Well, I use airbrush but in cakes. I'ts a vegetable color liquid safe and FDA approved. Not all the "things" that the FDA approved are good for us but maybe good for their Pockets. Never mind, well I'm been using this this for a year. I never had asthma but it started with fatigue, then asthma, know chronic bronchial asthma!!! And every time I use it for a long period, I get sick ASAP, I mean sick, hospital sick. Ohh, masks don't work, even if I put a napkin inside I still have at the end of the work, color inside my nose.
    amcate responded:
    I'm no expert, but here's the best I know. In terms of hairsprays, it would depend on the propellent. "A study by Du Pont Labs revealed the freon content of propellents for hair sprays and spray deodorants to be dangerously high, and the particles in these sprays are often so small that they can penetrate the lung tissue and be absorbed directly into the bloodstream. In studies done by heavy spray users, all those tested had precancerous lung cell changes" (Fit for Life II: Living Health, Harvey and Marilyn Diamond). The problem is the author does not give a number next to what they write so I can't go back to the reference pages and easily find the actual studies they say they are paraphrasing. The authors do recommend using nonaerosal hair spray or mousse. Also, keep in mind the book I quoted is out of date, written in the mid 1980s, so the propellents in hair sprays may have changed since then.

    Talc is a carcinogen. I've had airbrush makeup done once to myself for my sister's wedding, and even though they did the best they could to not spray it directly in my airway I still had some temporary issues with the breathing, but then used the rescue medicines and I was fine.

    Doctors in general are not trained to answer the types of questions you are asking, in my experience. They are best at doing pulmonary function tests and giving medicine, but not necessarily at determining what is causing or triggering the problem. I tried once to talk to a PCP about which filters to use in my home, and could tell he was not interested. In addition, a respiratory therapist I know had a patient leave the hospital, then come back not being able to breathe, then they stabilized the patient. The patient went home and got out of control again and back to the hospital. The doctor assumed it was the respiratory therapist's fault or a lack of medicines. The reality was the person was having their home redone, and it didn't even occur to the patient that could cause problems....most of the time, doctors just don't think in those terms. Your questions are very good ones, though.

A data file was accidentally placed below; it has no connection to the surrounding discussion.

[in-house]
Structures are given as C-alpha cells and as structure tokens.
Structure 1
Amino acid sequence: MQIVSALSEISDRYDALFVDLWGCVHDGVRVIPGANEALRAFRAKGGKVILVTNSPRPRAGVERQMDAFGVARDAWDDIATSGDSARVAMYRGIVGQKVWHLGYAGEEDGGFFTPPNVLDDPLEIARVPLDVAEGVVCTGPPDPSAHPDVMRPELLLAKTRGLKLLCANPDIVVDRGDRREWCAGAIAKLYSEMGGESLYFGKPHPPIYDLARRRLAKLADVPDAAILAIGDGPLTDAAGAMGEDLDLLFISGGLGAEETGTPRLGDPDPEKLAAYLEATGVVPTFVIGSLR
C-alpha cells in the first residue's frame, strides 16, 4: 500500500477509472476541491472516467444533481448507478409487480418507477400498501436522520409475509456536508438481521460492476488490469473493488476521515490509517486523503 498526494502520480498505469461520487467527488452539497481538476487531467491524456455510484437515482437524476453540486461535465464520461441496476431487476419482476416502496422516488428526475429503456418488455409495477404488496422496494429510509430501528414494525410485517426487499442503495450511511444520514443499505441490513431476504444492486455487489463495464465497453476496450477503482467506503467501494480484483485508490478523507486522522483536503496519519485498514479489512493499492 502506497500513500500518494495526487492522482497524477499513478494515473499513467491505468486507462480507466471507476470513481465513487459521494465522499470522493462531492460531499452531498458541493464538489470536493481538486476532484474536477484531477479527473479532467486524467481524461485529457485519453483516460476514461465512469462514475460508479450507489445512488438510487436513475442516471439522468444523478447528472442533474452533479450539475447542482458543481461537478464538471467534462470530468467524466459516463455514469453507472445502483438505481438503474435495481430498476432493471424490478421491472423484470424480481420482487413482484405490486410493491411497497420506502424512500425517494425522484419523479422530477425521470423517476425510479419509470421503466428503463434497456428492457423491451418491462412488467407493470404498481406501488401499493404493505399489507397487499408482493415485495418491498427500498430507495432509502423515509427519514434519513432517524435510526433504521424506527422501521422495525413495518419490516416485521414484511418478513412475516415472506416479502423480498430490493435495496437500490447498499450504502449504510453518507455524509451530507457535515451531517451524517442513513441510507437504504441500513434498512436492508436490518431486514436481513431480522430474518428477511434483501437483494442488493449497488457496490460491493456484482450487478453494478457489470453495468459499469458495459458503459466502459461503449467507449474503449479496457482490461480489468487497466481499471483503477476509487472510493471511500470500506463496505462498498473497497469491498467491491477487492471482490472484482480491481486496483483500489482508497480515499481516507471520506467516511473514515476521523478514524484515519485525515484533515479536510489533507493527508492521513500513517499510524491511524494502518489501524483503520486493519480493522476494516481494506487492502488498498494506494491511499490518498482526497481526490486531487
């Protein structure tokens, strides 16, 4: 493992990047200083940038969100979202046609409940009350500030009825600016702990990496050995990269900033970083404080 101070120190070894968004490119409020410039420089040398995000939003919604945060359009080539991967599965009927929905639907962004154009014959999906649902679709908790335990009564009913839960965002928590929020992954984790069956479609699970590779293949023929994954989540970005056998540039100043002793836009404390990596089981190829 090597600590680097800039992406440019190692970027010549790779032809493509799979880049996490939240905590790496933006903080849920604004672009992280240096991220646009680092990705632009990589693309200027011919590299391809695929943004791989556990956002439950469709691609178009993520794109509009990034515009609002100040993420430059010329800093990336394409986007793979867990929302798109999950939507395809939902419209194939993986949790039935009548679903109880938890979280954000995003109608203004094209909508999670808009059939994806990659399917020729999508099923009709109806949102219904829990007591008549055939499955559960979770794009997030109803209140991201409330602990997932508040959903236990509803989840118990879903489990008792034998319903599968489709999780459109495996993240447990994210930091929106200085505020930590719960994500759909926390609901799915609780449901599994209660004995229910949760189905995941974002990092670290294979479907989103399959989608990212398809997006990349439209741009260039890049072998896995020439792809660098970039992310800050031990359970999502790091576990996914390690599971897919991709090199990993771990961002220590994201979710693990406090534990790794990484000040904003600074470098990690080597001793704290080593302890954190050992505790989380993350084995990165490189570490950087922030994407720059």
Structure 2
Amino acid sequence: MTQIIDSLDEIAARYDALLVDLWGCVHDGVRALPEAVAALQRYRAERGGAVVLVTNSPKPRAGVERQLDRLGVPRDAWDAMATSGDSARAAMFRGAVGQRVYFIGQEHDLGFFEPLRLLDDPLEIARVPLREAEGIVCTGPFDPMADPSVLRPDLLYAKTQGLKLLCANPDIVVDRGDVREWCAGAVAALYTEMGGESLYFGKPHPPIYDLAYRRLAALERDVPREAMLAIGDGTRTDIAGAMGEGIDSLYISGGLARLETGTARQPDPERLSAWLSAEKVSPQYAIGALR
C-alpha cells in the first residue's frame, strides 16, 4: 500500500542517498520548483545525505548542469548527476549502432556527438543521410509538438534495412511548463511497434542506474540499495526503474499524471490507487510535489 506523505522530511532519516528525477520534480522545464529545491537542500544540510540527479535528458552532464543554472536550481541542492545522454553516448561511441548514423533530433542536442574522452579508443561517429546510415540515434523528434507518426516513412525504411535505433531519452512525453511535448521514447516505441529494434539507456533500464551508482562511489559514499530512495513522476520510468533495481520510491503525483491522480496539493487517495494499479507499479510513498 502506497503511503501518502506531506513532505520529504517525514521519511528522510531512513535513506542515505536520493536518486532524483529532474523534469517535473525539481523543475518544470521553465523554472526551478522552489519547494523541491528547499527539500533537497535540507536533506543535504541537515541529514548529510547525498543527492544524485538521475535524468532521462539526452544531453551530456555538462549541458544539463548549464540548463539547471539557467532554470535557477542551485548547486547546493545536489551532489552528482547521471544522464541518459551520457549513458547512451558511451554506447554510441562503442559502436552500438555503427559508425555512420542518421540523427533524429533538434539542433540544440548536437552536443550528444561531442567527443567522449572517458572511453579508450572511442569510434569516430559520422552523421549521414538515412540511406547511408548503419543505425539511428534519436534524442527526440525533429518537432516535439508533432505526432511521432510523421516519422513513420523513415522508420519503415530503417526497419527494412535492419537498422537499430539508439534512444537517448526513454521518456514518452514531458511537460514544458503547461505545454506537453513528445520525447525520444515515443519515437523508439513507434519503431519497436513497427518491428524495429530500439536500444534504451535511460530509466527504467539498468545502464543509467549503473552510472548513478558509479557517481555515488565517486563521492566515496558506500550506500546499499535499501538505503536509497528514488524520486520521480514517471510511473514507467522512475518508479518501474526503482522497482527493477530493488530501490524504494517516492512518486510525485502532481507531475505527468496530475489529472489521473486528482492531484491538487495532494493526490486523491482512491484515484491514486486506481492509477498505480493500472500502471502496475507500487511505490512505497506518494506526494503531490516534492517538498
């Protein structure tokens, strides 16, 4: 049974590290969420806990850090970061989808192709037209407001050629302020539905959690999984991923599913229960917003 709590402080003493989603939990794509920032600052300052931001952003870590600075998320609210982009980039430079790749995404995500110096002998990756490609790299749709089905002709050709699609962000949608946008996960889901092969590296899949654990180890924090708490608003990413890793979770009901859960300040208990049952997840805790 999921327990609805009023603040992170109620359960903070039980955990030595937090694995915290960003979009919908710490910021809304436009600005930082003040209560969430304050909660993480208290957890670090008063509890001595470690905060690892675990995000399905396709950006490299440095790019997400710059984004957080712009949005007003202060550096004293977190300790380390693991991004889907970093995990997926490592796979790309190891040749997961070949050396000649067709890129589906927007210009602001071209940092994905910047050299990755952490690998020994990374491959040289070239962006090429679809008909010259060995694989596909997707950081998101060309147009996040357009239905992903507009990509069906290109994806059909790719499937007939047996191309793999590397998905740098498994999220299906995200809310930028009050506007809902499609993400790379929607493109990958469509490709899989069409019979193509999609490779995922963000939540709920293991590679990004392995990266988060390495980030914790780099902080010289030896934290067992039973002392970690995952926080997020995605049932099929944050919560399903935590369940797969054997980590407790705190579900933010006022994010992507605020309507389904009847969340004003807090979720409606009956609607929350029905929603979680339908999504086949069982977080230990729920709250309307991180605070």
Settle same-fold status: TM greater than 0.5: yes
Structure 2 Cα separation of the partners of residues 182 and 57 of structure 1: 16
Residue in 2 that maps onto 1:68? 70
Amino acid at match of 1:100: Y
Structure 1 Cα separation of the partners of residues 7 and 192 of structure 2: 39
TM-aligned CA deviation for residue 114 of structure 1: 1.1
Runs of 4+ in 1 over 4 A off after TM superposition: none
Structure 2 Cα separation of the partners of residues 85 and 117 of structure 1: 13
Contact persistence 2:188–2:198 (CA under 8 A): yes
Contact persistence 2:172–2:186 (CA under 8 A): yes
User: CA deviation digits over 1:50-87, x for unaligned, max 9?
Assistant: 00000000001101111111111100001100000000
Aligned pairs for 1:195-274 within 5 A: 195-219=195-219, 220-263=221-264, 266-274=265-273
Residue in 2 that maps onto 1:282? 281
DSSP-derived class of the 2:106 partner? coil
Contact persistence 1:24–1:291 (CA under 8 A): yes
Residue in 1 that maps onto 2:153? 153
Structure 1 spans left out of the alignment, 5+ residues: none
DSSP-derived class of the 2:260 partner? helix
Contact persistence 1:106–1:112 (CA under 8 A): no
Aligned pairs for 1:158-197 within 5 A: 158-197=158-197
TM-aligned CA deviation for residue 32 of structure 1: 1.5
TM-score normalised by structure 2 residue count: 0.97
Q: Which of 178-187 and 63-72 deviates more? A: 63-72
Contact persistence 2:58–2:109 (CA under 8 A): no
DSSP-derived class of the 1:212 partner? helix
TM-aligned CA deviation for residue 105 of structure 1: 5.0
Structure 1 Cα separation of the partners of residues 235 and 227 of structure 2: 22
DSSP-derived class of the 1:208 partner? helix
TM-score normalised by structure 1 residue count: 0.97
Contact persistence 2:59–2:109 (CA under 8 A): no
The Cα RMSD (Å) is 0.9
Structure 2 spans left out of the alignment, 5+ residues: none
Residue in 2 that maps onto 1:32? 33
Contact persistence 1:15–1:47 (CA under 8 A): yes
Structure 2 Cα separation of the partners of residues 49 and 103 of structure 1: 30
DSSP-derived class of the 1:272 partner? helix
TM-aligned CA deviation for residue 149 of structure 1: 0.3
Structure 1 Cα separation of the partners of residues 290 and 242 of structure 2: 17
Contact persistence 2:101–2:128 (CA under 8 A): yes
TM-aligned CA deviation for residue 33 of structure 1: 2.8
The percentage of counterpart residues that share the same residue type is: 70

In terms of rubbing alcohol, I react to that with breathing problems. In terms of if something is safe, a lot depends on how much is inhaled. Technically speaking, just using a car makes the air less safe. There is not a strict line between "safe" and "unsafe" levels.
    amcate responded:
    I'm sorry, I forgot-if you decide to wear a mask, be sure it blocks what you want it to. I've not seen a mask that blocks all respiratory irritants. If the irritant is a particle and not a volatile organic compound, then an N95 mask should be good. If it's a volatile organic compound, then the type of mask has cartridges in it that absorb the compound. Paint fumes are an example of a volatile organic compound. National Institute of Occupational Safety and Health may have additional information regarding your questions if you google them.